In some embodiments, line 920 of current I_TRACKING, line 925 of current I_WEAK, and line 915 of current I_PRE_DELAY are obtained through simulation. Base on each of the respective line 920, 925, and 915, the values I_TRACKING_TRIP, I_WEAK_TRIP, and I_PRE_DELAY_TRIP are obtained, and the value I_DELAY_TRIP is determined based on equation (1) above.

The relationships between various currents and voltage VRBL_TK based on lines 910, 915, 920, and 925 are for illustration. Different ways of determining the relationships, such as a mathematical equation, are within the scope of various embodiments.

In some embodiments, one or a plurality of transistors P8251, P825-2, . . . , P825-N is selected and configured to have a particular size, a particular threshold voltage, and/or a particular operational voltage to provide the desired value of current I_DELAY_TRIP.

Exemplary Method

FIG. 10 is a flowchart of a method 1000 illustrating how current I_DELAY provided by circuit 510 to tracking read bit line RBL_TK is determined, in accordance with some embodiments.

In step 1005, a relationship between current I_PRE_DELAY and voltage VRBL_TK is determined. In some embodiments, line 915 is obtained.

In step 1010, a relationship between current I_TRACKING and voltage VRBL_TK is determined. In some embodiments, line 920 is obtained.

In step 1015, a relationship between current I_WEAK and voltage VRBL_TK is determined. In some embodiments, line 925 is obtained.

In step 1020, trip point VTRIP is determined. In some embodiments, trip point VTRIP is determined to be a certain percentage of operational voltage VDD, such as about 60% to 70% of operational voltage VDD.

In step 1025, each of the values I_PRE_DELAY_TRIP, I_WEAK_TRIP, and I_TRACKING_TRIP is determined.

In step 1030, the value I_DELAY_TRIP is determined based on the values of I_PRE_DELAY_TRIP, I_WEAK_TRIP, and I_TRACKING_TRIP, based on equation (1) above.

A number of embodiments have been described. It will nevertheless be understood that various modifications may be made without departing from the spirit and scope of the disclosure. For example, the various transistors being shown as a particular dopant type (e.g., N-type or P-type Metal Oxide Semiconductor (NMOS or PMOS)) are for illustration purposes. Embodiments of the disclosure are not limited to a particular type. Selecting different dopant types for a particular transistor is within the scope of various embodiments. The low or high logic level of various signals used in the above description is also for illustration. Various embodiments are not limited to a particular level when a signal is activated and/or deactivated. Selecting different levels is within the scope of various embodiments.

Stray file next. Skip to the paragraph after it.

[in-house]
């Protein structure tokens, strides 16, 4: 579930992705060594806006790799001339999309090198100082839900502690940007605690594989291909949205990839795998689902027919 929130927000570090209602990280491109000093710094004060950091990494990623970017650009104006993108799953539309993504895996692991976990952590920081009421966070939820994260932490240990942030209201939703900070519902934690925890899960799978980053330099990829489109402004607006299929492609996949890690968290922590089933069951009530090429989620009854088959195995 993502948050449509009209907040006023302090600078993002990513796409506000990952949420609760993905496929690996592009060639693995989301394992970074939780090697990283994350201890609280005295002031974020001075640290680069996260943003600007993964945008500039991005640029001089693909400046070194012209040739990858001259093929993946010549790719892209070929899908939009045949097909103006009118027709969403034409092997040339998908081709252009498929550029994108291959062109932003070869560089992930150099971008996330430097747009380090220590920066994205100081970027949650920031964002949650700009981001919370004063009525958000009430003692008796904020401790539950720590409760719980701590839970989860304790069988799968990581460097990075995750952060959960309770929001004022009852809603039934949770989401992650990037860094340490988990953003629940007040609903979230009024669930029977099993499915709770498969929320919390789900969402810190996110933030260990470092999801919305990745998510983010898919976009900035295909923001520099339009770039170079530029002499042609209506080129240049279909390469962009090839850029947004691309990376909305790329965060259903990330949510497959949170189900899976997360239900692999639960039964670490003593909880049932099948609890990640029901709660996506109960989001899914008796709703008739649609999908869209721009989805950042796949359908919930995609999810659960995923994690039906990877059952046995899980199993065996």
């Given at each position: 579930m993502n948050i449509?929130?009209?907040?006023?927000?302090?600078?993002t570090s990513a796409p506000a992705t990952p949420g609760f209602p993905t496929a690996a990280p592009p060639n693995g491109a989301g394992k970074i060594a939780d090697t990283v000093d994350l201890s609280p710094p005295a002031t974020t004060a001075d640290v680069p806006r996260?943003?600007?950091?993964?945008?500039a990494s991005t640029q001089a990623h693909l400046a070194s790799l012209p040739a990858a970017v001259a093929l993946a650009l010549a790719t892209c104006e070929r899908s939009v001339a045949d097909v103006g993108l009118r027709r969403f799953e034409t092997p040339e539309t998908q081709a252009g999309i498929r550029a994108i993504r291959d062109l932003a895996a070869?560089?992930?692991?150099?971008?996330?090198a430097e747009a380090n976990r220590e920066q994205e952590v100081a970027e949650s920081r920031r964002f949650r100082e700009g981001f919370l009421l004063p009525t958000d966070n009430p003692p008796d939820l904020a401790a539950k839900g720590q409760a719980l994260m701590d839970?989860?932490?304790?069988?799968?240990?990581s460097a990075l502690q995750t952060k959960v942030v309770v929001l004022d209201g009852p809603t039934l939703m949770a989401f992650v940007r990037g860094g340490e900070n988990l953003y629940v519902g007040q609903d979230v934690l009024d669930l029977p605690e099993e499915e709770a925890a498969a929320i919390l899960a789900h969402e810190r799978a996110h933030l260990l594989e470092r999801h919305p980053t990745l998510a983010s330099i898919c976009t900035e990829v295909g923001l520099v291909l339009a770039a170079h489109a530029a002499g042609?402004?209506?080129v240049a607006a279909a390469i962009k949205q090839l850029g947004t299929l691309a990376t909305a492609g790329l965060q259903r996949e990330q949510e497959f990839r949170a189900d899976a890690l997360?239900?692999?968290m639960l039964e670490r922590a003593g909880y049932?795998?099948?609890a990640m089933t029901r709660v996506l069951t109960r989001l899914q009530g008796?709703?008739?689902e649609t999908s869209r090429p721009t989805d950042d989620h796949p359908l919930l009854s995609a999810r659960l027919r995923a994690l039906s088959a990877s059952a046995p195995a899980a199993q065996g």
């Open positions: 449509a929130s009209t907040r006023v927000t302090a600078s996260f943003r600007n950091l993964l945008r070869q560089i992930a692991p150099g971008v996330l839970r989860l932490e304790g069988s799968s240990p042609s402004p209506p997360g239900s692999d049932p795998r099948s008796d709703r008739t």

In some embodiments, a tracking circuit in a memory macro includes a data line, a tracking cell electrically coupled with the data line, a logical gate, a feedback transistor, and a plurality of pulling devices. The logical gate has an input terminal and an output terminal. The input terminal of the logical gate is electrically coupled with the data line. The output terminal has a first voltage level when the input terminal has a second voltage level, and the output terminal has the second voltage level when the input terminal has the first voltage level. The feedback transistor has a first terminal, a second terminal, and a gate terminal. The first terminal of the feedback transistor is electrically coupled with the data line, and the gate terminal of the feedback transistor is electrically coupled with the output terminal of the logical gate. The plurality of pulling devices is configured to pull the second terminal of the feedback transistor toward the first voltage.